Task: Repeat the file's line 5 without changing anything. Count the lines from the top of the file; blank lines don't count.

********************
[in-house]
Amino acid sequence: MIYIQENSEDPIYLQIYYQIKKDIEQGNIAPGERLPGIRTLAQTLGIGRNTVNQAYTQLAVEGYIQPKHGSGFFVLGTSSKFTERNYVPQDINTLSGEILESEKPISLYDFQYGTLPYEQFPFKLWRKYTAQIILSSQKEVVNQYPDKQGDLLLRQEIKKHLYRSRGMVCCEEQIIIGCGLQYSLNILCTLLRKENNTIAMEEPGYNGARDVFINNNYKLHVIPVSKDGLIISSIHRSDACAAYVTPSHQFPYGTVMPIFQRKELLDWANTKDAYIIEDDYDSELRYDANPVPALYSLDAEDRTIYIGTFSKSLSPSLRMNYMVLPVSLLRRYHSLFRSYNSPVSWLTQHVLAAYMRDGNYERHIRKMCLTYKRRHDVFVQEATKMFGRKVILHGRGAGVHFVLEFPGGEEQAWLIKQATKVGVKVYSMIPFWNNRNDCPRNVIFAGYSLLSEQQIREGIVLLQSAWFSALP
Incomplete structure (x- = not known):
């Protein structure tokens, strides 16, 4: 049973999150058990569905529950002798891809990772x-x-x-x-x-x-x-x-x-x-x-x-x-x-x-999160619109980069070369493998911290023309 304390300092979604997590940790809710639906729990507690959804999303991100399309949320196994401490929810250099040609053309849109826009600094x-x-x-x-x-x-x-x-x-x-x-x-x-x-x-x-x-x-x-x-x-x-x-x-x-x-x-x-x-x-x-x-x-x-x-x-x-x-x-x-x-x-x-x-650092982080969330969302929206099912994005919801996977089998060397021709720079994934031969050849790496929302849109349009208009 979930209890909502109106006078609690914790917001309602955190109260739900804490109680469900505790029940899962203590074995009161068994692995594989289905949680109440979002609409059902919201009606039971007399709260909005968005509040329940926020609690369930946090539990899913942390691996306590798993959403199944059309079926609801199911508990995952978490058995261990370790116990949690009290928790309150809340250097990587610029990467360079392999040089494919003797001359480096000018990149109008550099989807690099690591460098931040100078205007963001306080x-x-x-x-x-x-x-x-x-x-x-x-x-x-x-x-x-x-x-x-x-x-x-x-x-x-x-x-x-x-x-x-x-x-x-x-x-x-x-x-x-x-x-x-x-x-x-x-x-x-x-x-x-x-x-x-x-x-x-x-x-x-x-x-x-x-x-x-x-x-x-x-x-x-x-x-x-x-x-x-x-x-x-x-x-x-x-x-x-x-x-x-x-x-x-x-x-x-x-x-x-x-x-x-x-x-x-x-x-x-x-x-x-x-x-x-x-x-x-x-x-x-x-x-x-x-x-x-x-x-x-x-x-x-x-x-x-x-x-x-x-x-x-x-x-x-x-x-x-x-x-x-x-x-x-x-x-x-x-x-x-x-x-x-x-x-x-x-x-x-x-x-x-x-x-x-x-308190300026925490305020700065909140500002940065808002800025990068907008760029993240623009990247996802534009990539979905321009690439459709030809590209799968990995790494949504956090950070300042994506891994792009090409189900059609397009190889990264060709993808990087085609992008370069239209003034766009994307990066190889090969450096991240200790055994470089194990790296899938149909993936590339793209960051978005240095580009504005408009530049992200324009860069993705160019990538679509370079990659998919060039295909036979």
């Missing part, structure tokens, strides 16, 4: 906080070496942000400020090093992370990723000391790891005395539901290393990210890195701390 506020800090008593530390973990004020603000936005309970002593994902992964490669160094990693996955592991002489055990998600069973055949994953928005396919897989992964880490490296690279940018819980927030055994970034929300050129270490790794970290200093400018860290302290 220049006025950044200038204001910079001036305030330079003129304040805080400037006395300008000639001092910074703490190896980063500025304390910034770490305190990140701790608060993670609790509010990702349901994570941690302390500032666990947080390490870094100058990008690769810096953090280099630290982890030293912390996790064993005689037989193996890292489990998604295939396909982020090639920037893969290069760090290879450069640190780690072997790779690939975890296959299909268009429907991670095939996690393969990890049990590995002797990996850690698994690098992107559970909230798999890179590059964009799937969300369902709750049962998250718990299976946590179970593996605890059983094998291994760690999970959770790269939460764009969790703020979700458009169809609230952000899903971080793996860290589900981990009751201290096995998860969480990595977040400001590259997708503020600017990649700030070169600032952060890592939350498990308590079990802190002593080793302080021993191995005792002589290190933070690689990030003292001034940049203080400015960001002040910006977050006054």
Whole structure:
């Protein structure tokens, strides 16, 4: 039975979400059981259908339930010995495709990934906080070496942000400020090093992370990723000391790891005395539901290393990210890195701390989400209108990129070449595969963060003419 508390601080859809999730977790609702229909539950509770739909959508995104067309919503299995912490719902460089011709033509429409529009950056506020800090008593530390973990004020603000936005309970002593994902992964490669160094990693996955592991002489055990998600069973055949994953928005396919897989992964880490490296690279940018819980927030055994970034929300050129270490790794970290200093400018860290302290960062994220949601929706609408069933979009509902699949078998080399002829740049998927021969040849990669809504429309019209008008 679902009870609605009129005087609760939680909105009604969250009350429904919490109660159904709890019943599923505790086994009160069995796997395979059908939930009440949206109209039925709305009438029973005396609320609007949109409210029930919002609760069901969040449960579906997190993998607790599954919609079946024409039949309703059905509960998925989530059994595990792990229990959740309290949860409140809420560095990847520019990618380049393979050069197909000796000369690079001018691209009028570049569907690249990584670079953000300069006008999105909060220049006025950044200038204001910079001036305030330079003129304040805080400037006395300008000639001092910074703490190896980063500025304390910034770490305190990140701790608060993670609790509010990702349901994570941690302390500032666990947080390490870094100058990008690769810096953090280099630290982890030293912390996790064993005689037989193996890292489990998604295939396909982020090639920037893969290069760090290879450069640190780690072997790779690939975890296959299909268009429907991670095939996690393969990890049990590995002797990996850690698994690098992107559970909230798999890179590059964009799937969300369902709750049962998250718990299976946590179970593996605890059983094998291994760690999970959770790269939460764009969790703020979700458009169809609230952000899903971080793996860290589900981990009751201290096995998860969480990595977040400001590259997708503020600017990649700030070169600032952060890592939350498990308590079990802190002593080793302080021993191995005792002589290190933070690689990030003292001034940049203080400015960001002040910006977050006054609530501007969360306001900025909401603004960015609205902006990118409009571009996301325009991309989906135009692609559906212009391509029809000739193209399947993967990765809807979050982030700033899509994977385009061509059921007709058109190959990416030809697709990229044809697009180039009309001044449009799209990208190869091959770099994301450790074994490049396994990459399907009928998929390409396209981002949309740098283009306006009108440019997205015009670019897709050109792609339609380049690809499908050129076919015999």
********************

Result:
């Missing part, structure tokens, strides 16, 4: 906080070496942000400020090093992370990723000391790891005395539901290393990210890195701390 506020800090008593530390973990004020603000936005309970002593994902992964490669160094990693996955592991002489055990998600069973055949994953928005396919897989992964880490490296690279940018819980927030055994970034929300050129270490790794970290200093400018860290302290 220049006025950044200038204001910079001036305030330079003129304040805080400037006395300008000639001092910074703490190896980063500025304390910034770490305190990140701790608060993670609790509010990702349901994570941690302390500032666990947080390490870094100058990008690769810096953090280099630290982890030293912390996790064993005689037989193996890292489990998604295939396909982020090639920037893969290069760090290879450069640190780690072997790779690939975890296959299909268009429907991670095939996690393969990890049990590995002797990996850690698994690098992107559970909230798999890179590059964009799937969300369902709750049962998250718990299976946590179970593996605890059983094998291994760690999970959770790269939460764009969790703020979700458009169809609230952000899903971080793996860290589900981990009751201290096995998860969480990595977040400001590259997708503020600017990649700030070169600032952060890592939350498990308590079990802190002593080793302080021993191995005792002589290190933070690689990030003292001034940049203080400015960001002040910006977050006054």